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N2 - Background: Thiazide diuretics are recommended for first-line treatment of hypertension. Although considered safe and effective, their use is associated with dyslipidemia, hyperglycemia, and an increased risk of developing type 2 diabetes. The aim of this study was to characterize interindividual variation in glucose and lipid responses to hydrochlorothiazide and to identify demographic, environmental, and genetic predictors associated with this variation. Methods: A community-based sample of 585 adults with essential hypertension (291 African Americans [150 women and 141 men] and 294 non-Hispanic whites [126 women and 168 men]) underwent monotherapy with hydrochlorothiazide for 4 weeks. Linear regression was used to construct prediction models for the changes in plasma total cholesterol, triglyceride, and glucose concentrations. Results: The mean changes (± standard deviation) in response to hydrochlorothiazide were 6.13 ± 22.8 mg/dL for total cholesterol, 17.21 ± 70 mg/dL for triglycerides, and 3.5 ± 9.5 mg/dL for plasma glucose. Ethnicity and baseline levels of the analytes were the only predictors that were significant for more than one response. Therefore, the mechanism for these metabolic effects are not entirely shared. Conclusions: Taken together, demographic, environmental, and genetic factors accounted for only 13% of the total variation in total cholesterol response, 17% of the variation in triglyceride response, and 11% of the variation in glucose response to hydrochlorothiazide, and less than half of this predicted variation in response was explained by measured genotypes.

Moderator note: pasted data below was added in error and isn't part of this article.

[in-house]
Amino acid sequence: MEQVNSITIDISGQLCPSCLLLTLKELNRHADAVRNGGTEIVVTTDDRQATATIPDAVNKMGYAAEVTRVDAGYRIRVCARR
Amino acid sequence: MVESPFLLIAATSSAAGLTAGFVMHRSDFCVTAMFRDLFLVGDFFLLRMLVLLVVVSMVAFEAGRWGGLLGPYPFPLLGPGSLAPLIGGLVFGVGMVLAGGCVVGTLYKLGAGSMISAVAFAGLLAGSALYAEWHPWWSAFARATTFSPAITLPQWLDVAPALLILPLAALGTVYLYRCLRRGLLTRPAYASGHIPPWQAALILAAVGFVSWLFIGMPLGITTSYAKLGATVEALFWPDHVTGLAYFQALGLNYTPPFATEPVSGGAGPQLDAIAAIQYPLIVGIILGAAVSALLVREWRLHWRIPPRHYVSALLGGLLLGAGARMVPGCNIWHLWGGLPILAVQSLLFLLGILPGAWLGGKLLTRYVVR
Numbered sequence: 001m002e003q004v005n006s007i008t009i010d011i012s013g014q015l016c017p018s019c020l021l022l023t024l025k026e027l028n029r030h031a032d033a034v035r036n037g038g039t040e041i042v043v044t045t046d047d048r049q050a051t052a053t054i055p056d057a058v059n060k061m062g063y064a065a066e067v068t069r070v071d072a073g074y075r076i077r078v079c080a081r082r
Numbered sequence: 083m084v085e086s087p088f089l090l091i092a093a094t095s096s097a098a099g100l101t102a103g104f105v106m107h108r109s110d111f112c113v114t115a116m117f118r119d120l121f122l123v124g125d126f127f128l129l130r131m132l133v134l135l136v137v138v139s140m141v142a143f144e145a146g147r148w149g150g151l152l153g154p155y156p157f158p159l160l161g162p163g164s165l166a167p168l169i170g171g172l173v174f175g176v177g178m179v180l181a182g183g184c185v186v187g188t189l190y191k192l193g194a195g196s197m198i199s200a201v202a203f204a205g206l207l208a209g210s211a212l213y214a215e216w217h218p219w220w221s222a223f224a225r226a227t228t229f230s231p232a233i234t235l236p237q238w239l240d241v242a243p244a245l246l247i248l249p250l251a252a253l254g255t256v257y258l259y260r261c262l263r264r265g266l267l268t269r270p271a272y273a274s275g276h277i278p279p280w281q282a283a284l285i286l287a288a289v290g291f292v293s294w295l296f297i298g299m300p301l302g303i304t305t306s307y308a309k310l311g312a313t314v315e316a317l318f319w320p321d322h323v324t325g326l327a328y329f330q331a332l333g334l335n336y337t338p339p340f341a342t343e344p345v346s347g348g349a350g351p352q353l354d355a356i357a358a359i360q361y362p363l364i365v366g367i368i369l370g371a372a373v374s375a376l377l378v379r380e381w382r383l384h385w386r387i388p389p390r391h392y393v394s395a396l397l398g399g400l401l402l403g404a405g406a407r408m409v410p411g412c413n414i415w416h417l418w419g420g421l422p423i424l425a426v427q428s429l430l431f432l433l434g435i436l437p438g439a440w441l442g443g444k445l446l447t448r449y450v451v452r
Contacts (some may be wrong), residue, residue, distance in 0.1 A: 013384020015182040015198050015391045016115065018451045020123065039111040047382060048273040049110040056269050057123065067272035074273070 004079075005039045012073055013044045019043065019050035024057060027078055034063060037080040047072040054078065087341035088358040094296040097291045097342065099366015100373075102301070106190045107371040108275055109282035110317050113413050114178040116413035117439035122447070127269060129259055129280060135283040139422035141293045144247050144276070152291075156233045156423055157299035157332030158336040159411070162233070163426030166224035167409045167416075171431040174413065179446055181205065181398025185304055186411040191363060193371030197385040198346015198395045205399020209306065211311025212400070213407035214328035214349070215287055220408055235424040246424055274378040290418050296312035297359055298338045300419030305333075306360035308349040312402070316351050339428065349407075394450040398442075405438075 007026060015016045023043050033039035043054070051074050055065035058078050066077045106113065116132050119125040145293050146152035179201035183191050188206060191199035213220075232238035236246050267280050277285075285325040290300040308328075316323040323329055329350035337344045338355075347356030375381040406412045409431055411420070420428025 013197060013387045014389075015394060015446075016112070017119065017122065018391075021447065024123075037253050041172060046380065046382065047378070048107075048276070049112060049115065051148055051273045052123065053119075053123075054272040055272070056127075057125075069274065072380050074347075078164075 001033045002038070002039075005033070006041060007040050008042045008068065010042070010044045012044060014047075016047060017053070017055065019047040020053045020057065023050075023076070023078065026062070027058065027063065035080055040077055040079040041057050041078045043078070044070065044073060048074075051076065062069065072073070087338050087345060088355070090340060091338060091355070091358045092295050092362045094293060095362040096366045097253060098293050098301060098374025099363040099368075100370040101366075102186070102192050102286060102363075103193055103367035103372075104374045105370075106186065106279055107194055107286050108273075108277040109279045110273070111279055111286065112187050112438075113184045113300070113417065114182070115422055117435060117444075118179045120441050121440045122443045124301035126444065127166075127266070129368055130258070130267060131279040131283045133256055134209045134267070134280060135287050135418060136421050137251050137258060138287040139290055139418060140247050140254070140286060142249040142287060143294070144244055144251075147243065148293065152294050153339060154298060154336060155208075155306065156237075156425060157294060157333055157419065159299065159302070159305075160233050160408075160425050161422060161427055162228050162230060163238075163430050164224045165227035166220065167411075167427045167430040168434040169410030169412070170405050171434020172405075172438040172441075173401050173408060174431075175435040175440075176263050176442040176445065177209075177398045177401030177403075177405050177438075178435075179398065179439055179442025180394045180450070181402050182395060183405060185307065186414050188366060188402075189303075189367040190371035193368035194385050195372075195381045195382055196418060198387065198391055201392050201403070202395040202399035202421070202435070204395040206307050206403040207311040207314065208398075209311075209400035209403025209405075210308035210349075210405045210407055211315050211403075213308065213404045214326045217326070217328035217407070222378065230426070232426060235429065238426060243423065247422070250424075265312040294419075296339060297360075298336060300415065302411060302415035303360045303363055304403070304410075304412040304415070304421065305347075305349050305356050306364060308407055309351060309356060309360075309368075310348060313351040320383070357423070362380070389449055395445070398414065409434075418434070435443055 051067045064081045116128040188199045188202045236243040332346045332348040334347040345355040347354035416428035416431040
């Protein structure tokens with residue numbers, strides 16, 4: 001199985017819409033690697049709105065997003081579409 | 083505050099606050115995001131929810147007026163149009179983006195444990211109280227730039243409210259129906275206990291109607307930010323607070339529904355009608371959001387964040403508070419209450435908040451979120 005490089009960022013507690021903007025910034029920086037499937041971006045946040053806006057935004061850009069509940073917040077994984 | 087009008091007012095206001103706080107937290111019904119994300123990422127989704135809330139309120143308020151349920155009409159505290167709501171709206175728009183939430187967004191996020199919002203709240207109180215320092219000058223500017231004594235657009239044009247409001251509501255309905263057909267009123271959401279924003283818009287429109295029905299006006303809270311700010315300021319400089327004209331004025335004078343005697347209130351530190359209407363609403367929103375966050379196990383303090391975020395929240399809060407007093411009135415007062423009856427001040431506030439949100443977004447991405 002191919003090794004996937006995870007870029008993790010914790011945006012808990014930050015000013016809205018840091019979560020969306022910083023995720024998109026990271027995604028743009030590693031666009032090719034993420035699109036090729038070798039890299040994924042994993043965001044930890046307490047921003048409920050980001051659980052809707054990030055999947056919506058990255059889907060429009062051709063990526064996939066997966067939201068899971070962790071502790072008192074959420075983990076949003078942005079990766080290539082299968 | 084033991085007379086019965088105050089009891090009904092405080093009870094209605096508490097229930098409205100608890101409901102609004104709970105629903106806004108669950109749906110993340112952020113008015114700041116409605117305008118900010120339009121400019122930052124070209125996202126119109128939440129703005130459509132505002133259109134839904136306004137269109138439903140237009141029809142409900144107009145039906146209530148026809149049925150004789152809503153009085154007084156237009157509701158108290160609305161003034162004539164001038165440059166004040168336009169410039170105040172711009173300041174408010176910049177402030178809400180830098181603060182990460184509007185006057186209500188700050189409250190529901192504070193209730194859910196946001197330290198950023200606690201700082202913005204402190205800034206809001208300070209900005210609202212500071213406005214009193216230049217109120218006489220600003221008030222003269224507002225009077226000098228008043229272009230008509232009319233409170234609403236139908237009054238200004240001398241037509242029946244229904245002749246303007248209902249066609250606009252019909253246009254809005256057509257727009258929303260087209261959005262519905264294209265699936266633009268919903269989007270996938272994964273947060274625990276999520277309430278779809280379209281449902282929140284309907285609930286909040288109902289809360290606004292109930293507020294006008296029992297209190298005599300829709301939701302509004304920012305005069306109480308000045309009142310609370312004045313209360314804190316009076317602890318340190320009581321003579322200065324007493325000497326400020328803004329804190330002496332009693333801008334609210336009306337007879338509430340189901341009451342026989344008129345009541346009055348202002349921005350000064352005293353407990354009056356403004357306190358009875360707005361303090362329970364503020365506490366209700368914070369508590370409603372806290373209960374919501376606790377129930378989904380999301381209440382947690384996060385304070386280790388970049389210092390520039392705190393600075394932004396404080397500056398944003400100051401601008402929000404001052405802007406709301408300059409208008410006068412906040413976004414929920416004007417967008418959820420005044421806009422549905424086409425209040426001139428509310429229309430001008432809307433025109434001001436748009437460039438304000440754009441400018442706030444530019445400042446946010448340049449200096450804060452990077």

AB - Background: Thiazide diuretics are recommended for first-line treatment of hypertension. Although considered safe and effective, their use is associated with dyslipidemia, hyperglycemia, and an increased risk of developing type 2 diabetes. The aim of this study was to characterize interindividual variation in glucose and lipid responses to hydrochlorothiazide and to identify demographic, environmental, and genetic predictors associated with this variation. Methods: A community-based sample of 585 adults with essential hypertension (291 African Americans [150 women and 141 men] and 294 non-Hispanic whites [126 women and 168 men]) underwent monotherapy with hydrochlorothiazide for 4 weeks. Linear regression was used to construct prediction models for the changes in plasma total cholesterol, triglyceride, and glucose concentrations. Results: The mean changes (± standard deviation) in response to hydrochlorothiazide were 6.13 ± 22.8 mg/dL for total cholesterol, 17.21 ± 70 mg/dL for triglycerides, and 3.5 ± 9.5 mg/dL for plasma glucose. Ethnicity and baseline levels of the analytes were the only predictors that were significant for more than one response. Therefore, the mechanism for these metabolic effects are not entirely shared. Conclusions: Taken together, demographic, environmental, and genetic factors accounted for only 13% of the total variation in total cholesterol response, 17% of the variation in triglyceride response, and 11% of the variation in glucose response to hydrochlorothiazide, and less than half of this predicted variation in response was explained by measured genotypes.